“Ginsberg’s poetry is naked, vulgar, beautiful and honest. There’s a sort of rough-and-tumble elegance about his work that I see in your poem as well. Your poem isn’t perfect, to be sure,” he continued, “but it is raw, and turgid (he actually used the word turgid!) and has an earnestness and blunt honesty that I’ve rarely seen in a first year poetry student.”
I was floored. Not only did he like my work, but he actually compared it to one of his favorite poets.
“Hopefully you’ll continue writing,” he went on, “it would be a real shame if this was the only poem you ever wrote. You know, we have a wonderful writing program here. You should consider submitting to one of the poetry writing workshops next semester. In fact, I’ve got someone in mind that I think would be perfect for you.” I was absolutely floored.
Soon thereafter, Professor Hass introduced me to his colleague, Thom Gunn (who at that time was the “big man on campus” as far as poetry was concerned), and saw to it that I was admitted into Gunn’s exclusive poetry writing workshop the following semester. Professor Hass had his own poetry writing workshop, but it was only open to graduate students, so I gladly took my place in Thom Gunn’s class along with 14 other hand-picked students. And amazingly, not only did professor Hass make sure that I continued to develop my craft with Thom Gunn, but he invited me to come to his own office any time to share whatever I was working on. I was beside myself with gratitude.
In Thom Gunn’s poetry writing workshop I was introduced to the fine art of humility. While the poem that I had written for Robert Hass had effortlessly flowed out of me, I found that I was struggling to re-capture that original inspiration that struck me the first time. The first poem that I turned in to the class was a juvenile exercise in forced earnestness laid bare for the world to see. Not only was it not good, it was actually laughably bad. Robert Hass had been confident in my abilities, but I discovered I had much to learn. Most of the other students in the class had been writing poetry for years, so over the next few months I was able to learn volumes from them as we workshopped our poems. Some of the things I wrote were met with approval, some with polite disdain, but every word I wrote was being carefully considered by fifteen other people, and that was everything.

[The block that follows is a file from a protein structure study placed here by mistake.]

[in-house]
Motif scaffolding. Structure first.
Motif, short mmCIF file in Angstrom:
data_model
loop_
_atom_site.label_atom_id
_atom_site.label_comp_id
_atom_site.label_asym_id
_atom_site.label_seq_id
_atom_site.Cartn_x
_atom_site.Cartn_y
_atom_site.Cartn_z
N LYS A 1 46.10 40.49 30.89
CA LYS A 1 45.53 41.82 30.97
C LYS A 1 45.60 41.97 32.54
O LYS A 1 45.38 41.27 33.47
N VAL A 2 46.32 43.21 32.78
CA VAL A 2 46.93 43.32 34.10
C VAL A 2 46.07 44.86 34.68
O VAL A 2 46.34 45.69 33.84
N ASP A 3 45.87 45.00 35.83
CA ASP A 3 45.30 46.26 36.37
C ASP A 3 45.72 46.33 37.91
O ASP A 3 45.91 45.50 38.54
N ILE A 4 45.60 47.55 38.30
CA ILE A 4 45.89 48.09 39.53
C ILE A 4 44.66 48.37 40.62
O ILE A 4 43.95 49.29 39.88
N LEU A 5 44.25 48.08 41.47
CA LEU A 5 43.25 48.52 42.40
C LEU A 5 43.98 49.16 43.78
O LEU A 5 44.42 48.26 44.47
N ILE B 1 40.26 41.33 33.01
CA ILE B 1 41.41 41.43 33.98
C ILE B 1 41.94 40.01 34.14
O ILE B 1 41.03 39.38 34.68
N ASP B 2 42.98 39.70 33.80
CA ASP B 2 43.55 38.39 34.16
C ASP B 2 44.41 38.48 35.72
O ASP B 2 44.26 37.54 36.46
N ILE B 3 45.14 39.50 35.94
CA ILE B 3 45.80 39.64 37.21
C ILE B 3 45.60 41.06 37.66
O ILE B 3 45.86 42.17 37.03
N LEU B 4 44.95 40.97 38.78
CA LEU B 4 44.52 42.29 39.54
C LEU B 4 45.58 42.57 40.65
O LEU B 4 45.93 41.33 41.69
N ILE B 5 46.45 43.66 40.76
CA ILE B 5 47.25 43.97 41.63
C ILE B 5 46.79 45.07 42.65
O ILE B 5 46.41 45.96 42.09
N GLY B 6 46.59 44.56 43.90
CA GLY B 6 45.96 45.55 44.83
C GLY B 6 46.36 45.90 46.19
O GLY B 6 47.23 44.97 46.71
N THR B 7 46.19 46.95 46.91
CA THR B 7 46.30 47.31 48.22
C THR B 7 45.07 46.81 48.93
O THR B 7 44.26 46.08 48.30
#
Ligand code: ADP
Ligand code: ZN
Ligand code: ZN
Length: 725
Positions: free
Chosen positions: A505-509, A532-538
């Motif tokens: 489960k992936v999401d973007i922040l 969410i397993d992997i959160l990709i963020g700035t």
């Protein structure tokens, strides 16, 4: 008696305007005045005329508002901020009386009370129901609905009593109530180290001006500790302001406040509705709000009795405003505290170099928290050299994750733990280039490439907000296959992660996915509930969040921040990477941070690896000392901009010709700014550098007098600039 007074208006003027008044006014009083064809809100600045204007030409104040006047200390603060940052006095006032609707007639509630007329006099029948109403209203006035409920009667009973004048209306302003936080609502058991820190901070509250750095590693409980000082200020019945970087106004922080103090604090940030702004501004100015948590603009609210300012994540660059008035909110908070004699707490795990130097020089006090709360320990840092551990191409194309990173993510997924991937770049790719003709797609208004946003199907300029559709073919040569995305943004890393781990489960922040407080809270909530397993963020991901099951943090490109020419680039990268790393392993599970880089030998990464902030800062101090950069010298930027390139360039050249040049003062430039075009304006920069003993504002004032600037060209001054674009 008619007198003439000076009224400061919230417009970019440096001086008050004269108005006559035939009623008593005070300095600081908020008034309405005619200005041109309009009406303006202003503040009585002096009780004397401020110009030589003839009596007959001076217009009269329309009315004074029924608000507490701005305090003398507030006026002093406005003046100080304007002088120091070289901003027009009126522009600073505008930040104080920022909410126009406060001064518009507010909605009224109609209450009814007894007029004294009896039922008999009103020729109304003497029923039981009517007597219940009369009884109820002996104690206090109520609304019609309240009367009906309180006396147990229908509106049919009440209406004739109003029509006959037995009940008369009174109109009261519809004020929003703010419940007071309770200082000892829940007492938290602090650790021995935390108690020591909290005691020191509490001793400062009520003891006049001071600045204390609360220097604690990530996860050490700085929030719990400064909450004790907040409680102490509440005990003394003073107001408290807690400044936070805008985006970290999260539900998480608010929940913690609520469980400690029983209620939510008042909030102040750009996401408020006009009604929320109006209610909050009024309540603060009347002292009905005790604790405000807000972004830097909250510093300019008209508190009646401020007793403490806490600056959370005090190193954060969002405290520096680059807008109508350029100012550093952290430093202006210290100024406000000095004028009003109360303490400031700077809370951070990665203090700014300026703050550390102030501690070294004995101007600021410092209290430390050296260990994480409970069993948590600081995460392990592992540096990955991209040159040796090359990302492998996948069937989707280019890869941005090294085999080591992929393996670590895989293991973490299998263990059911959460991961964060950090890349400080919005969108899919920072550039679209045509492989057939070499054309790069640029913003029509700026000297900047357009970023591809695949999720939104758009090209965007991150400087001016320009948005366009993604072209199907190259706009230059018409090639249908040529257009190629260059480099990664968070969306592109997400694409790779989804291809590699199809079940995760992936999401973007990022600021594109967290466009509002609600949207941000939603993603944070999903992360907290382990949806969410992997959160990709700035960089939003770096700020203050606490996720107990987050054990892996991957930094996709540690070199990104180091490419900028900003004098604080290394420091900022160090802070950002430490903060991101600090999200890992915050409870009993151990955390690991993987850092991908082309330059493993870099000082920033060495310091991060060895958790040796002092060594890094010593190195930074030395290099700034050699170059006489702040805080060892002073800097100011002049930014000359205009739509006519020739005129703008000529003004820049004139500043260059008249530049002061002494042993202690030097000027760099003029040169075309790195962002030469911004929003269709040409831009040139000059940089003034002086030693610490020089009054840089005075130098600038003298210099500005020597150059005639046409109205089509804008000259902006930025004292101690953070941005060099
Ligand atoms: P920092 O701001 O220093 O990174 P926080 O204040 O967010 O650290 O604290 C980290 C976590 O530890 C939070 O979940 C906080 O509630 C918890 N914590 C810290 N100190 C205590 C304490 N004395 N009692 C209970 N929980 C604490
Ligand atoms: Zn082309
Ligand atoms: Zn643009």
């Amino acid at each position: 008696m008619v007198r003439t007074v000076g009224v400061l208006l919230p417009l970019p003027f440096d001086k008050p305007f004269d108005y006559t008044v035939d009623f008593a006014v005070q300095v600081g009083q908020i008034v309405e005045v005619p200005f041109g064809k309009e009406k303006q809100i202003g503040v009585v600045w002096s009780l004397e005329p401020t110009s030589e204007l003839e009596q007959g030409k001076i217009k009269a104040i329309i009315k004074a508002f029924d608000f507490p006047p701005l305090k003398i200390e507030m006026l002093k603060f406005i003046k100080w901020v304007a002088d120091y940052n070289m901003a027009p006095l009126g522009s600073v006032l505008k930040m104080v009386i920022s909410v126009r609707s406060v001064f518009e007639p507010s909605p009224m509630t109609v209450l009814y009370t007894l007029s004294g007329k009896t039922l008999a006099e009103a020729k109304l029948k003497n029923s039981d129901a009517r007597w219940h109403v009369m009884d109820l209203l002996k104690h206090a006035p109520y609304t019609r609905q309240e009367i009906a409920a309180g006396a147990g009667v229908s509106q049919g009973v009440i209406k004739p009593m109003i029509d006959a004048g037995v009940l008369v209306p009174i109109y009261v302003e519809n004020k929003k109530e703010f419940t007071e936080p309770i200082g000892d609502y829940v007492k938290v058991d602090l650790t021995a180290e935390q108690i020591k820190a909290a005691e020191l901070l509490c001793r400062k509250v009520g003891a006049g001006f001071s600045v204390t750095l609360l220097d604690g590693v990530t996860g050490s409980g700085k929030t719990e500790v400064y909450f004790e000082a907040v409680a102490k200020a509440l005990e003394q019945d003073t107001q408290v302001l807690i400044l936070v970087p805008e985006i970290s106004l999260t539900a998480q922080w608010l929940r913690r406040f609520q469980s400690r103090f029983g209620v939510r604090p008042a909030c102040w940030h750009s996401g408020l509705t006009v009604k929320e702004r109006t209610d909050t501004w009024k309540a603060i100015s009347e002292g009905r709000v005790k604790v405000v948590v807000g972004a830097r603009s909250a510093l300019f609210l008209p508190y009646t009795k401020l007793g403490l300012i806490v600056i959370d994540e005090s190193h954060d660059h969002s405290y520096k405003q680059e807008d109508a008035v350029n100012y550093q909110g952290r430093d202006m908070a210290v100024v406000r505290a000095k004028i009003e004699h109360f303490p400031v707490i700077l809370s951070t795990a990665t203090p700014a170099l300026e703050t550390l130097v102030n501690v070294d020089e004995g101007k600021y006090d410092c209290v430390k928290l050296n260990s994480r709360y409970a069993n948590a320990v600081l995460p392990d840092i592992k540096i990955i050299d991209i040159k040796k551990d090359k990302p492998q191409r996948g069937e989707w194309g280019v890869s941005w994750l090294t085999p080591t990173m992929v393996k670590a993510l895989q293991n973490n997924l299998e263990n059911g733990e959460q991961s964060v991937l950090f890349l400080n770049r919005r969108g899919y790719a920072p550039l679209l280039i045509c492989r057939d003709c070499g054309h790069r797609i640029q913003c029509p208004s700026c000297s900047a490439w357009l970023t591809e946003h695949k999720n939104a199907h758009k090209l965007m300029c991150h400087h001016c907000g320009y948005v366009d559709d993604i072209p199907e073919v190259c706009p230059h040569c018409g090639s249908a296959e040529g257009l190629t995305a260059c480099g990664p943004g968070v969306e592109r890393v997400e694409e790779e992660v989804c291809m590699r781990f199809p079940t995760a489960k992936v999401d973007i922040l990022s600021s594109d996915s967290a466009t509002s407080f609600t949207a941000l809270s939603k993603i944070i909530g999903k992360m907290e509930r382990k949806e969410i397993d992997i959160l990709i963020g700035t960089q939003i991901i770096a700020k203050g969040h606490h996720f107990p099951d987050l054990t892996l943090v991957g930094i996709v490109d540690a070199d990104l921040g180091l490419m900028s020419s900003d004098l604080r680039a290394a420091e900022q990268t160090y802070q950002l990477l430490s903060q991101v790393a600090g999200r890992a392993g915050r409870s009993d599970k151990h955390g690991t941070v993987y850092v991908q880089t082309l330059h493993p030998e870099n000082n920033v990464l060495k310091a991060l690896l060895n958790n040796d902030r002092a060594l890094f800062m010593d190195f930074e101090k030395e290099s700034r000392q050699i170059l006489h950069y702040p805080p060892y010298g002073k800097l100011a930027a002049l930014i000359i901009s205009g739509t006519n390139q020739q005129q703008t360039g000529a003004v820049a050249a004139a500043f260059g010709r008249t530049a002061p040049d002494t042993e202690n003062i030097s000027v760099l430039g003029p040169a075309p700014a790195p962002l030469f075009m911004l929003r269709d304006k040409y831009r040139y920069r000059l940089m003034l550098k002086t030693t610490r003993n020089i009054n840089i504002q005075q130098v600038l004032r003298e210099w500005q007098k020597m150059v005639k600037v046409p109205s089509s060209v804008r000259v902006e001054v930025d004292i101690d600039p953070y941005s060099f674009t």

The following semester Professor Hass had another poetry writing workshop, and this time it was open to underclassmen. I had learned a great deal in Professor Gunn’s class, but there was no guarantee that I would be admitted into professor Hass’s class. During the interim he had been appointed Poet Laureate of the United States, so now he was the “big man on campus” and everyone wanted to be in his class. Even his Emily Dickinson seminar, which usually had a number of seats to spare, was jam-packed that semester, so competition to be in his writing class was fierce. I had written a poem for a submission that I felt was pretty good, but I was fairly anxious nonetheless. Fortunately for me, Professor Hass had taken a genuine liking to me and later told me that I need not have worried; “Of course you were going to be in my class,” he gleamed, “I was saving a spot for you all along.”
Holy Shit! God Damn! The motherfucking Poet Laureate of the United States was saving a seat just for me!!! I had never experienced such elation, such a feeling of overwhelming joy, acceptance and belonging as I did in that moment. That semester, and for the following years that I was at U.C. Berkeley, Robert Hass continued to see to it that I developed my craft. He invited me to participate in his writing class for two consecutive semesters and encouraged to come by his office whenever I wanted to talk about anything that I was working on or just to shoot the shit. Somehow he had seen something in me that I hadn’t even known was there, and he helped me shape and polish it, and inspired me not only to write poetry, but to embrace a more more “poetic” life.